Spoiled Childhood – Not that this comes up in conversation right away, but it can be assumed through the younger child thing. Because I know the stigma surrounding it, I make sure a woman knows how much I appreciate the art of giving and am filled with so much joy when I’m taking care of others. I make fun of the fact that I never had to mow a lawn, but I demonstrate a learned sense of responsibility as I fix things in my condo and am a board member of my condo association. Also, my role as the youngest also shares the benefit of having three older sisters, from which I’ve learned a lot about women, including their habits, emotions, and all of the love and compassion that they have to give. This will make some woman very happy some day.
Movie-watching – I suck at watching movies, but I’m working on it – for instance, I created a Netflix queue with the Top 10 movies that I’ve never seen (think: The Godfather, Terminator, Jaws, Animal House) but that everyone always talks about. Plus, with the right person I’ll be excited to share that time with her, and I’ll make sure she knows that and feels that.
Cooking – Even though I’ve thought about taking classes or something, I’m going for the Foreman. But any woman that dates me knows that if she ever needs a restaurant recommendation, I’ve got it. Whether she’s looking to go out with her friends, a client, or is hoping I’ll pick a fun spot for us to try out, she’ll know I can come through. Not to mention, I’ll make sure she also knows that I make some killer paninis and stir-frys.
Entrepreneur – I’m not changing that which I’m most passionate about – that is, making a difference in the world, being in control of my life, and choosing to build something vs. sitting back being a cog in the wheel. Since I’m not changing this, I can make sure that any woman I date understands why this is so important to me, and why it should be admired vs. avoided. But again, it’s better than getting upset that the judgment is there, because I understand it and am not offended by it.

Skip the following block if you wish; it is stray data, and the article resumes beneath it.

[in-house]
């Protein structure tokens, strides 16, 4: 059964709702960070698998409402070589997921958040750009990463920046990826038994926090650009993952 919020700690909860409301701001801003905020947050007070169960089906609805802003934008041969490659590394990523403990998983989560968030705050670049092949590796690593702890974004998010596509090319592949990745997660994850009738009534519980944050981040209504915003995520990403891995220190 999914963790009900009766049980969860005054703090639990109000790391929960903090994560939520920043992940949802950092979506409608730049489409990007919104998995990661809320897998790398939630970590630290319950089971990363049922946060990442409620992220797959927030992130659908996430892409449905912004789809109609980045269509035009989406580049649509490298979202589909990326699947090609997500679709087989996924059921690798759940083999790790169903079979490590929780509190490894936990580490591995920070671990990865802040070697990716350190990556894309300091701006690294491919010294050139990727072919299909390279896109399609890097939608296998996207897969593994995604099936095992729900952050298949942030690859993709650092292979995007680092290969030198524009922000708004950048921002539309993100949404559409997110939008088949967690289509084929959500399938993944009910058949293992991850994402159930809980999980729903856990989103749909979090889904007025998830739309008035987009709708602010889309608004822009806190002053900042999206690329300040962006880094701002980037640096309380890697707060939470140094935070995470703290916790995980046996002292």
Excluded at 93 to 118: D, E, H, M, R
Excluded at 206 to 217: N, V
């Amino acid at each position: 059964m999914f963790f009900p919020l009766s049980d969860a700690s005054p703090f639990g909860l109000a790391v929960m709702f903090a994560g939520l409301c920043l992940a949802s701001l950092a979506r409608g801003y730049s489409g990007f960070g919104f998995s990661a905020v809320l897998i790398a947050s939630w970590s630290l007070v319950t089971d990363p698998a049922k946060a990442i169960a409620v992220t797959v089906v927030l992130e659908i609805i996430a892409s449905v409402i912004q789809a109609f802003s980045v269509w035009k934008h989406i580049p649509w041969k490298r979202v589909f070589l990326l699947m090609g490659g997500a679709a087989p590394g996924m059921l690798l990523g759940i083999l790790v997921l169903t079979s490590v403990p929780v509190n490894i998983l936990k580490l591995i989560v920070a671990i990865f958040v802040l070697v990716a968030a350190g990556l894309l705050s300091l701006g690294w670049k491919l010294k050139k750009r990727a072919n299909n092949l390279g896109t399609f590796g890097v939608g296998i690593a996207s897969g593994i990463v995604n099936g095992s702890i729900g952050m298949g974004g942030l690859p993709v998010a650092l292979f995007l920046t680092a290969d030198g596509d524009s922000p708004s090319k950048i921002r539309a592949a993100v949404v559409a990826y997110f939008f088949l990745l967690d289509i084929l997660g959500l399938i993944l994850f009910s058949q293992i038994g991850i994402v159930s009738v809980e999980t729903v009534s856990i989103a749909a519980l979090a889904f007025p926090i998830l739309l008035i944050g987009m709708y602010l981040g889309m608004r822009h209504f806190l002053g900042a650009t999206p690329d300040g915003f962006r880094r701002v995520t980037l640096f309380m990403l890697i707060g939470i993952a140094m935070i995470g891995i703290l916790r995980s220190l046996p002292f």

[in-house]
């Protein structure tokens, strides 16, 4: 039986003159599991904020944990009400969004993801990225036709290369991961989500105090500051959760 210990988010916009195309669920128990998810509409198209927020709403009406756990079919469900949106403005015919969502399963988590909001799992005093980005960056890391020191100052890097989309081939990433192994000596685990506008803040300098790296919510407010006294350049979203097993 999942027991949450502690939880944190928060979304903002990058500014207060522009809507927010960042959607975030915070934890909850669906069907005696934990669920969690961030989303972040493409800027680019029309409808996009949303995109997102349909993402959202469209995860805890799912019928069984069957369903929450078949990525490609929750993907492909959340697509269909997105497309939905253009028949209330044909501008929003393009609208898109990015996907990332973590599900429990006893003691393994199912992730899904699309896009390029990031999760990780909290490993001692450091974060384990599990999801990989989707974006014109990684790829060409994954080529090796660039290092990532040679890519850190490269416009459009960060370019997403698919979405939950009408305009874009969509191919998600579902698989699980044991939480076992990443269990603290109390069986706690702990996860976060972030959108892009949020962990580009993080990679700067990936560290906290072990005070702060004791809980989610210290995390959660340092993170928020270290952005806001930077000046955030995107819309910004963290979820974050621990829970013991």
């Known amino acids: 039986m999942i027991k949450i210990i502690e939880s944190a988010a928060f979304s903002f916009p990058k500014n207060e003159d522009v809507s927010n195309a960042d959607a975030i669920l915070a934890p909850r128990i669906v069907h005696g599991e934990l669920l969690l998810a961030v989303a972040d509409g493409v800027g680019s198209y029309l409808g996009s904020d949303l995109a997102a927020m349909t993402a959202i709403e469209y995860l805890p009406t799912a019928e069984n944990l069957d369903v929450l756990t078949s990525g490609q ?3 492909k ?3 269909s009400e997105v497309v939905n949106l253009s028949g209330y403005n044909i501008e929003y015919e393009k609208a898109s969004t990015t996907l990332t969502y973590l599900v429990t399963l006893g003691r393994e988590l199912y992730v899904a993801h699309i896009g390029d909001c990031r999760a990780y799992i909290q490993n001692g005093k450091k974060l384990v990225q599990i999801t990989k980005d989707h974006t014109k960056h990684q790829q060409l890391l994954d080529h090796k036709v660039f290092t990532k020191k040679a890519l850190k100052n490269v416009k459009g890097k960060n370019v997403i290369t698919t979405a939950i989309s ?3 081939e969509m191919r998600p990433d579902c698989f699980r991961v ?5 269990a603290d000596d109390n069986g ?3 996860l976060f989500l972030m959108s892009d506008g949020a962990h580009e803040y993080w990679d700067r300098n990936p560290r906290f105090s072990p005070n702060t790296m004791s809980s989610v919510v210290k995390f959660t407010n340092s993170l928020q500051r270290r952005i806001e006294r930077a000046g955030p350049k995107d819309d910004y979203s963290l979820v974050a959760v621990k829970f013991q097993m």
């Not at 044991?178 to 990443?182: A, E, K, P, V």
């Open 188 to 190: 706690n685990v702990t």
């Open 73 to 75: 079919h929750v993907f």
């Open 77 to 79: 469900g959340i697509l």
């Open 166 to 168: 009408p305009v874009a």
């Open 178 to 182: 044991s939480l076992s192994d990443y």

By having an awareness of why these might be red flags, I’m now able to address them by either changing, or providing the information necessary to squash them when I’m on a date. Ignoring my own red flags will not help.
It’s easier for a guy to accept these things, though, and that’s precisely the reason why 100RedFlags.com was started. Women need a push to recognize some of the things that they do that could be keeping them single. When I point out a potential red flag, some women say, “Guys don’t really care about that,” to which I’ll reply, “Yeah, well if they didn’t care about it, they were probably just looking for sex, and a relationship just happened to come along with it.” So, however much a woman wants to deny these things, or complain that it isn’t true, it’s only going to get her so far. Instead, her best bet is to understand the way that men think, have an awareness around what might be considered a red flag, and then make her own choice to ignore it, change it, or in most cases, just make sure the guy sitting across from her has enough information to see who she truly is.
So, Simply Solo readers…are you aware of your red flags? Do you agree or disagree with red flags men raise? And do you choose to ignore them or do you address them?
Copyright 2011. Simply Solo blog by Catherine Gryp. All Rights Reserved.